A better alternative however, is to occasionally provide visual feedback by having the clients look at how they are performing throughout the session.

If done appropriately, it would give clients a chance to comment on anything that requires improving, or if they aren’t particular pleased with how things turn out.

Would you agree that the photoshoot experience is more important than the final image?

I don’t.

Photography is a visual art that is taken in by sight, not by touch, and the final image is the reason why I was commissioned in the first place.

The experience I provide is an integral component to elevating my service standards.

When a photographer say he has a decade worth of experience, it means he can count on ten years’ worth of insights to solve client’s problems and make the entire project a much more pleasant one.

Ultimately, it’s the image that counts in the end though.

What’s your approach to lighting?

I photograph fairly minimally.

One light on the subject is usually what I perceive as being most natural. That said, I would use other lights to add depth to my background, when necessary.

Otherwise, I’d favour just having one (often giant) light source on my guests… just like how the Sun is to our beautiful Mother Earth.

What are some of your favourite gear?

Photo: Ejun Low

My camera, lights and a good softbox are the three things most crucial to my work.

My cameras of choice are the Fujifilm X-series mirrorless cameras and their line-up of stellar lenses.

In terms of size, functionality and what it can deliver for my clients, these are just a wonderful fit for my work — and a great aid to my deteriorating back since they are slightly smaller in form compared to a DSLR or Medium Format Kit.

Lighting and accessories wise, I’ve always been a fan of the Swiss company Elinchrom’s products. I find their gears relevant to my needs and very reasonably priced for the consistency I need to deliver quality work. My favourite will be their giant 5-foot Octa.

Outside professional work, my Fujifilm X100F has been a feature of the precious moments in life. If there’s a camera series that holds a special place in my heart… this will be it.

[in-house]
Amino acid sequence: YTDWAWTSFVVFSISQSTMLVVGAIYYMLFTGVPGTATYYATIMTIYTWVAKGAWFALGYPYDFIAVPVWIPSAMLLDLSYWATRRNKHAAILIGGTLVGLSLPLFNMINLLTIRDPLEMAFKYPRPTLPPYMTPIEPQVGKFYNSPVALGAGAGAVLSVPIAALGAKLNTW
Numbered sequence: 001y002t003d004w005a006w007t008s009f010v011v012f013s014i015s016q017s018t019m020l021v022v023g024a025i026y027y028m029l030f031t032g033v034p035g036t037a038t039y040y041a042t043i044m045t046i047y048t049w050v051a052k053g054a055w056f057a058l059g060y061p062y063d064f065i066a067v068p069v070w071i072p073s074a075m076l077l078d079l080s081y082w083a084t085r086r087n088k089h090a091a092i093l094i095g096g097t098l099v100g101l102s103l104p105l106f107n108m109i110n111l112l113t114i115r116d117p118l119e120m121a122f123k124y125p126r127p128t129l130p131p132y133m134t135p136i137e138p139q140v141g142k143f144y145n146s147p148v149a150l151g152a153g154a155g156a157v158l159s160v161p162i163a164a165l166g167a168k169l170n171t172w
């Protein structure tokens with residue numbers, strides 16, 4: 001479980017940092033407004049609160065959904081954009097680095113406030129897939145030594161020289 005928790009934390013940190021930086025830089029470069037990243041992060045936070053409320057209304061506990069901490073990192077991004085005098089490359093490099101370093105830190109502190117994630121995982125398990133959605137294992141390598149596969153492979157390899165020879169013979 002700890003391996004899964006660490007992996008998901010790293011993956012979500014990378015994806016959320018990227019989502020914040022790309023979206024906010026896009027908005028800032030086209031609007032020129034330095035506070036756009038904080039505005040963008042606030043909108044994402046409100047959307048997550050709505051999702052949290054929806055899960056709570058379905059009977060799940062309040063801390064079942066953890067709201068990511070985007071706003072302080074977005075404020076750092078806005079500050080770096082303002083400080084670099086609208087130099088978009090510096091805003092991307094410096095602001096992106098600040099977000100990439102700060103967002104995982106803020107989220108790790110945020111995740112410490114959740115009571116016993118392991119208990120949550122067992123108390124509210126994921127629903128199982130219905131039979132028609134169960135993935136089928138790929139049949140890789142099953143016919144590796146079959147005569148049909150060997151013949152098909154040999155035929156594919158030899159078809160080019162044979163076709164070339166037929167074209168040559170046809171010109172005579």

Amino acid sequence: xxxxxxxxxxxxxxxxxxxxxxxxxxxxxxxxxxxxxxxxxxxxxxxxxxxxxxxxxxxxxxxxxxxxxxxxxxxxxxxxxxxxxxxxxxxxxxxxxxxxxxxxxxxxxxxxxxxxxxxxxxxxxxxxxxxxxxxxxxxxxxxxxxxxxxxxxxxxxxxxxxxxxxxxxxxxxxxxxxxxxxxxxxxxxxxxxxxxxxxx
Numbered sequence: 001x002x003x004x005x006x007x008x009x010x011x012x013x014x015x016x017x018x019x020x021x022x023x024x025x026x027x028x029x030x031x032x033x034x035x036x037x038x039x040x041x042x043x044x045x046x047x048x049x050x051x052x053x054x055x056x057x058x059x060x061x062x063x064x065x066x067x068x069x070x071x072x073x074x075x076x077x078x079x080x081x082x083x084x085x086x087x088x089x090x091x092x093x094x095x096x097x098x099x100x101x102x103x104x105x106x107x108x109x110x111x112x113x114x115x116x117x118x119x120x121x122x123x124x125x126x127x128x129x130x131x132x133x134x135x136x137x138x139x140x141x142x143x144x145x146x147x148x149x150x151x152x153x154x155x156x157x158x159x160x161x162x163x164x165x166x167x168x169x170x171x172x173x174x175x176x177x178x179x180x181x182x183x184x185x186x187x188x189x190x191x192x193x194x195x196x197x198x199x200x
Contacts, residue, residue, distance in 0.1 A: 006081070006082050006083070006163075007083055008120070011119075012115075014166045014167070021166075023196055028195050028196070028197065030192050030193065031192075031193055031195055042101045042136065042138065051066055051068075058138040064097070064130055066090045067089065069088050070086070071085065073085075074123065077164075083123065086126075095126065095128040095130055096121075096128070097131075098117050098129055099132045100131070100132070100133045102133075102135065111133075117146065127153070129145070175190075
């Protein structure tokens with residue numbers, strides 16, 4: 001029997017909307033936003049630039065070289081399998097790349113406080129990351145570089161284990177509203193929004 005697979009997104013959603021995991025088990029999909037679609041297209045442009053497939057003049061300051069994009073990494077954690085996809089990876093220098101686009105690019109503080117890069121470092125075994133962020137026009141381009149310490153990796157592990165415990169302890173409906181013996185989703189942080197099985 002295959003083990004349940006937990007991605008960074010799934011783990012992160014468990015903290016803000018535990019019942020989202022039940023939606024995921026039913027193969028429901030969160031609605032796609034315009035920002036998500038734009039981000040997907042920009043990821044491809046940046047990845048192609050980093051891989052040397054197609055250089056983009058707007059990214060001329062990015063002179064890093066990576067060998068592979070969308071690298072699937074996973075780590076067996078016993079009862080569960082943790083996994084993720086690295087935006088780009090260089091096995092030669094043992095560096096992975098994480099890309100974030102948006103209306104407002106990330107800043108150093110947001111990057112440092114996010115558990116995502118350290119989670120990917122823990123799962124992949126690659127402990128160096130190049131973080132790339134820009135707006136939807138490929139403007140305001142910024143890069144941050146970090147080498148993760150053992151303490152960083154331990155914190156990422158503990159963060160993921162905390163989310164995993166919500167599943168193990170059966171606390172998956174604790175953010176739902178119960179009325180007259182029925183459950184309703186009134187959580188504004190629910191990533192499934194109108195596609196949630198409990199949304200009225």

What advice would you give yourself if you could travel back in time to the beginning of your career?

First, stay positive. You will be amazed just how much a positive attitude can change a poor run of jobs.

Second, stay humble (a.k.a ditch the artist ego). This is especially true as you gain traction in your photography career. It’s one thing to know your worth, and another to judge others for what they can or cannot afford.

Is there anything about the industry today that bugs you?

Photo: Ejun Low

If there is any at all, it would be how often I hear people in the industry saying amateurs are spoiling the market.

Indeed, the game changer today is the fact that quality gear are so much more affordable and mobile apps can create stellar images.

It is up to the professional photographer to understand that being able to produce incredible images alone will no longer be a huge advantage. Providing an impeccable service experience will justify our price tags.

Any tips on starting out as a Portrait Photographer?

From a business perspective, I would advise starting a brand with a big enough market audience and branch into a premium niche once you have developed a constant inflow of clients.

From a mindset perspective, strive for competency in your skills before looking to build your wealth. Thereafter, you should look to find your purpose in life using photography as a medium.

Found this useful and want more?

This is part of the “In the mind of” interview series where we get top notch Singapore photographers to share their experience. You can read the rest of the series at:

Researched and Executed by Loud Kitchen LLC
Writer: Aaron Ang
Editor: Wee Yen Yee